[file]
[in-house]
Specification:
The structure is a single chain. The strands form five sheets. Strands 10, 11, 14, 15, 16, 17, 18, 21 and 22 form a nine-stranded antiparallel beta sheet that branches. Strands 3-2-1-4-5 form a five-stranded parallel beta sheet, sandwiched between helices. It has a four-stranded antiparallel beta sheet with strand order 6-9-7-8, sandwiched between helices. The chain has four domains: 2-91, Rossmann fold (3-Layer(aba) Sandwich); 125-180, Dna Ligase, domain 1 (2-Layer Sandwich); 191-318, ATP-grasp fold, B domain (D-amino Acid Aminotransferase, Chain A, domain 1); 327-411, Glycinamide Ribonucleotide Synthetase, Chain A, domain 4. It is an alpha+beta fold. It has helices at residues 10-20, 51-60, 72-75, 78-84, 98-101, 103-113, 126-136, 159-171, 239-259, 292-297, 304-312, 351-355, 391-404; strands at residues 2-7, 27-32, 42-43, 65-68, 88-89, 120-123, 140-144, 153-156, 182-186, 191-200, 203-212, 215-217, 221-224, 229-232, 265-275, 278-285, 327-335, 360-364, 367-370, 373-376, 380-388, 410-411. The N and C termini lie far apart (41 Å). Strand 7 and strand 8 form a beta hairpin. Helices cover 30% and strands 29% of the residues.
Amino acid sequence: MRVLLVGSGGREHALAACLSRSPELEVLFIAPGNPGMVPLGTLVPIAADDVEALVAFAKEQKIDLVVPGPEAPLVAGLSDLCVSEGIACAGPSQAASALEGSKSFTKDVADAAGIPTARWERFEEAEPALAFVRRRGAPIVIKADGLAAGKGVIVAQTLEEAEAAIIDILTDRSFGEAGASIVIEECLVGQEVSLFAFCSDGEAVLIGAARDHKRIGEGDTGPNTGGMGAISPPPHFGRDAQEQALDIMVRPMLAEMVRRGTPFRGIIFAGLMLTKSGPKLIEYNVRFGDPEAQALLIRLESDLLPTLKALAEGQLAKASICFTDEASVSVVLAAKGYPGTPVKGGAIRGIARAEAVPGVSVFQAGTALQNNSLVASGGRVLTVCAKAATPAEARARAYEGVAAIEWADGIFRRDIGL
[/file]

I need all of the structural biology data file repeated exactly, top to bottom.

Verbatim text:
[in-house]
Specification:
The structure is a single chain. The strands form five sheets. Strands 10, 11, 14, 15, 16, 17, 18, 21 and 22 form a nine-stranded antiparallel beta sheet that branches. Strands 3-2-1-4-5 form a five-stranded parallel beta sheet, sandwiched between helices. It has a four-stranded antiparallel beta sheet with strand order 6-9-7-8, sandwiched between helices. The chain has four domains: 2-91, Rossmann fold (3-Layer(aba) Sandwich); 125-180, Dna Ligase, domain 1 (2-Layer Sandwich); 191-318, ATP-grasp fold, B domain (D-amino Acid Aminotransferase, Chain A, domain 1); 327-411, Glycinamide Ribonucleotide Synthetase, Chain A, domain 4. It is an alpha+beta fold. It has helices at residues 10-20, 51-60, 72-75, 78-84, 98-101, 103-113, 126-136, 159-171, 239-259, 292-297, 304-312, 351-355, 391-404; strands at residues 2-7, 27-32, 42-43, 65-68, 88-89, 120-123, 140-144, 153-156, 182-186, 191-200, 203-212, 215-217, 221-224, 229-232, 265-275, 278-285, 327-335, 360-364, 367-370, 373-376, 380-388, 410-411. The N and C termini lie far apart (41 Å). Strand 7 and strand 8 form a beta hairpin. Helices cover 30% and strands 29% of the residues.
Amino acid sequence: MRVLLVGSGGREHALAACLSRSPELEVLFIAPGNPGMVPLGTLVPIAADDVEALVAFAKEQKIDLVVPGPEAPLVAGLSDLCVSEGIACAGPSQAASALEGSKSFTKDVADAAGIPTARWERFEEAEPALAFVRRRGAPIVIKADGLAAGKGVIVAQTLEEAEAAIIDILTDRSFGEAGASIVIEECLVGQEVSLFAFCSDGEAVLIGAARDHKRIGEGDTGPNTGGMGAISPPPHFGRDAQEQALDIMVRPMLAEMVRRGTPFRGIIFAGLMLTKSGPKLIEYNVRFGDPEAQALLIRLESDLLPTLKALAEGQLAKASICFTDEASVSVVLAAKGYPGTPVKGGAIRGIARAEAVPGVSVFQAGTALQNNSLVASGGRVLTVCAKAATPAEARARAYEGVAAIEWADGIFRRDIGL